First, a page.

Water Is Focus of Together Florida Coalition

Ernie NeffWater

water

Together Florida, a coalition of primarily agricultural organizations focused on water issues, has launched a website advocating for solutions to harmful algae blooms. The website includes information on algae blooms and best management practices that agriculture employs to conserve water and protect water quality.

“Together Florida was created to provide a broad coalition advocating for a comprehensive solution to harmful algae blooms in Florida waters as well as policies to protect water quality for years to come,” said Michael W. Sparks, executive vice president/CEO of Florida Citrus Mutual, a member of the coalition. “This is not just about agriculture. We all need to take responsibility for protecting Florida’s water resources, and that means residents, businesses, municipalities, utilities and others in addition to agriculture.”

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Other members of the coalition are:

  • Proudly Afilliated
  • Florida Fruit & Vegetable Association
  • Florida Farm Bureau
  • Florida Nursery Growers & Landscape Association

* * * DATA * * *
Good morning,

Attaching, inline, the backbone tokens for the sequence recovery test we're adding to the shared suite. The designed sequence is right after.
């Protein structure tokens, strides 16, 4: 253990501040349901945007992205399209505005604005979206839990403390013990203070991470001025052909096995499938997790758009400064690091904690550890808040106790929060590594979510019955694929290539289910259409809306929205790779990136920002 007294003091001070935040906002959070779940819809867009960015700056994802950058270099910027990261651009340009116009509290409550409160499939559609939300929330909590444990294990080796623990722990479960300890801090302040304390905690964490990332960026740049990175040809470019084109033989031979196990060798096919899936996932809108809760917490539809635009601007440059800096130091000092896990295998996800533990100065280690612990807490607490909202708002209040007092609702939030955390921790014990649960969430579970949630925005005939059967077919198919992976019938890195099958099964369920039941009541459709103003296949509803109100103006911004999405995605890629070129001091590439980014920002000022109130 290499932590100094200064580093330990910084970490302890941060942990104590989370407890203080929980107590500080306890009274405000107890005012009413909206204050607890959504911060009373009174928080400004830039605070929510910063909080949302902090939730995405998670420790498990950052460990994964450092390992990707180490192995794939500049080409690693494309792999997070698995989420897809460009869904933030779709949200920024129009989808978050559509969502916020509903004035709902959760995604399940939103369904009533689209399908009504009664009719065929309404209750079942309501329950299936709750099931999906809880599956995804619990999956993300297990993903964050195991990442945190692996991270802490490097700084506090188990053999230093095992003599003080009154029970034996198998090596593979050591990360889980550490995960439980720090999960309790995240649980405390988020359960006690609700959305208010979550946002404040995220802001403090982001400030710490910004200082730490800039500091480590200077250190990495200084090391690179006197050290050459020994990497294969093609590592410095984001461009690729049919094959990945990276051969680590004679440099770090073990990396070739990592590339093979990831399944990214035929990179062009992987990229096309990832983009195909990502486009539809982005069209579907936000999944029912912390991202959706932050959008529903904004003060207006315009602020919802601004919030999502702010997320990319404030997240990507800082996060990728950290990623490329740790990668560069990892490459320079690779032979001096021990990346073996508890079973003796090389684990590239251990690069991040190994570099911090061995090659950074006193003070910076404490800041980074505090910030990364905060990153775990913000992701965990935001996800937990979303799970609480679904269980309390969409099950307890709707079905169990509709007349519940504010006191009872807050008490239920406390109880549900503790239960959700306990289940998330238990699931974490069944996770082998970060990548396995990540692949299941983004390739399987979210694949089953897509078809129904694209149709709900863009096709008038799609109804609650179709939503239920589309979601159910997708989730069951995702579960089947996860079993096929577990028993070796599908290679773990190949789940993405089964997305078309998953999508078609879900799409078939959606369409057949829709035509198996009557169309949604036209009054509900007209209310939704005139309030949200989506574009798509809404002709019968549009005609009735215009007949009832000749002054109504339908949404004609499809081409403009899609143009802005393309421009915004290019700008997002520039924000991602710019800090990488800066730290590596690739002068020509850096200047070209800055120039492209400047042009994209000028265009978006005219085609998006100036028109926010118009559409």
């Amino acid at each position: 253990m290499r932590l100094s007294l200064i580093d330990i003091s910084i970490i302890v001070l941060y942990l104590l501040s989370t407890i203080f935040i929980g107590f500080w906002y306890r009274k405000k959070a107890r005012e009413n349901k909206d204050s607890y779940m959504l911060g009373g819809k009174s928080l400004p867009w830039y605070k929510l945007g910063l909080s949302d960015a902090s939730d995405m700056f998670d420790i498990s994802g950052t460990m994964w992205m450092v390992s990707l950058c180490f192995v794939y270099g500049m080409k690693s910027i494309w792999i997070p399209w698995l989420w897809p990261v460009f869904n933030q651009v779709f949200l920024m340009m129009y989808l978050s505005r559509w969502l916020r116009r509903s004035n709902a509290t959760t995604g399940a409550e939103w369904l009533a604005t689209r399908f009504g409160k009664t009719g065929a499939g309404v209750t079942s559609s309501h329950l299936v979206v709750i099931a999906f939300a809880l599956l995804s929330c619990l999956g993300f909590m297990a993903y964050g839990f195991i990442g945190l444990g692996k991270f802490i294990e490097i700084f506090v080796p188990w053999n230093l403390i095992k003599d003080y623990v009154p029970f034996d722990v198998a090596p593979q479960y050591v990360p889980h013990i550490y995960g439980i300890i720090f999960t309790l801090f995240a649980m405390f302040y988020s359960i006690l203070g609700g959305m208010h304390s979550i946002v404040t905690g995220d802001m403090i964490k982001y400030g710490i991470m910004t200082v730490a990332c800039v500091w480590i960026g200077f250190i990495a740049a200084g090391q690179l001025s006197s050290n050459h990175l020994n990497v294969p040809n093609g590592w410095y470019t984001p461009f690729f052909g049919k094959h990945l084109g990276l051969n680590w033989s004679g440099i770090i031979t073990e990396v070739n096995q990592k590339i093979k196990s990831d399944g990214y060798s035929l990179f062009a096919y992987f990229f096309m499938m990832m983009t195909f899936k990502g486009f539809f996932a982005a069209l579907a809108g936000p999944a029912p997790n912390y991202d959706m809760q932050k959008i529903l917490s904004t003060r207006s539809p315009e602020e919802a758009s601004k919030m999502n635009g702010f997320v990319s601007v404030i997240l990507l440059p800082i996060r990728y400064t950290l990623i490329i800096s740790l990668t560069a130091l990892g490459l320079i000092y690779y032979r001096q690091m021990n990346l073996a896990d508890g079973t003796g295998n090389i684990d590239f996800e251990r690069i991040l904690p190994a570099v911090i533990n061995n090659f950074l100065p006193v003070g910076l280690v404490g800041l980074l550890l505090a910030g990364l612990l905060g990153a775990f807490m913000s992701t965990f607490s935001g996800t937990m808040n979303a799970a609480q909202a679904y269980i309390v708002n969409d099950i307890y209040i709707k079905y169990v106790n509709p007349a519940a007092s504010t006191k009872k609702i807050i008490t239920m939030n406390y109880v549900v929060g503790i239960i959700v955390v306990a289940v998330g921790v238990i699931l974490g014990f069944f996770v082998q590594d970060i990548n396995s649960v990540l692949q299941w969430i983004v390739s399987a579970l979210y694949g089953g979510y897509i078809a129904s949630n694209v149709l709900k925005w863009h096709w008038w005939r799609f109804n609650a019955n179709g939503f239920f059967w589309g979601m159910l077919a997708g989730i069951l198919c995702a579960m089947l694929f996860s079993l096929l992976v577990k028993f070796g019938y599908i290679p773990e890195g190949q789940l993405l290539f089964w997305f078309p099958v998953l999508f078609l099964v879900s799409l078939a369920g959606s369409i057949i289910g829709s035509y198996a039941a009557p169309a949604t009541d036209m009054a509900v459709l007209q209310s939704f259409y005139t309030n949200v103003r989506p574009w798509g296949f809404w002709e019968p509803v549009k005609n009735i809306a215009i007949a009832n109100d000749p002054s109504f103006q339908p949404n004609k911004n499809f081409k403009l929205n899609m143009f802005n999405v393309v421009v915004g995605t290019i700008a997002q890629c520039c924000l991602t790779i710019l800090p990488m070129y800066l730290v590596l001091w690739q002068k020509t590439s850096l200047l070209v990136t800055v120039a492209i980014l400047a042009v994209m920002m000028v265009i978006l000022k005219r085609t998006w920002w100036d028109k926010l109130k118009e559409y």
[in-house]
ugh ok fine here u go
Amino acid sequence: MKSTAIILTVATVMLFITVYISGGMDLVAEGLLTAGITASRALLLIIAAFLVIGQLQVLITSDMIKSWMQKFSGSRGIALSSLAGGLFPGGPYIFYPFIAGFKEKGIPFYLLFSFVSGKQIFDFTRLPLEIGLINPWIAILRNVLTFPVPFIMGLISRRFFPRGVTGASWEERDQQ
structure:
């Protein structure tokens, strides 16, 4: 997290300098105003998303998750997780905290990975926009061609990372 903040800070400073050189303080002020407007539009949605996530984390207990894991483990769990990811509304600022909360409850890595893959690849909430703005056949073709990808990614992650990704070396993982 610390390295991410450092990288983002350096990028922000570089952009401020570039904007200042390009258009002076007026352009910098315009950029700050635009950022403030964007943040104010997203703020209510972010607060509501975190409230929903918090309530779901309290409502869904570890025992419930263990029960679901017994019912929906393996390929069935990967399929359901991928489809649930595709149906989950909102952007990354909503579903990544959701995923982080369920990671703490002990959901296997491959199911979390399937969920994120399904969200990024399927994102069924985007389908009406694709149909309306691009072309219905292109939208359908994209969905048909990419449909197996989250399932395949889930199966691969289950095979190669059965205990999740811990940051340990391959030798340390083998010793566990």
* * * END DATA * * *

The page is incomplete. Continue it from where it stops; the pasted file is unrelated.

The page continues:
• Florida Strawberry Growers Association
  • Florida Blueberry Growers Association
  • Gulf Citrus Growers Association
  • Sugar Cane Growers Cooperative of Florida
  • U.S. Sugar
  • Florida Crystals Corporation
  • Florida Cattlemen’s Association
  • Southeast Milk
  • Turfgrass Producers of Florida
  • Florida Turfgrass Association
  • Environmental Research and Education Foundation
  • Florida Golf Course Superintendents Association
  • Florida Agribusiness Council
  • Florida Land Council
  • Florida Fertilizer & Agrichemical Association
  • Hopping Green & Sams, PA
  • University of Florida Institute of Food and Agricultural Sciences

A key legislative priority of the coalition is providing adequate funding for the Office of Agricultural Water Policy in the Florida Department of Agriculture and Consumer Services. Among other numerous legislative priorities are supporting additional funding for the continued construction of aquifer storage and recovery wells within the Northern Everglades to reduce estuary discharges from Lake Okeechobee, and supporting additional funding for storage and treatment of water on public lands north of Lake Okeechobee.

Learn more about water supply and quality challenges facing Florida agriculture.

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About the Author
Ernie Neff

Ernie Neff

Senior Correspondent at Large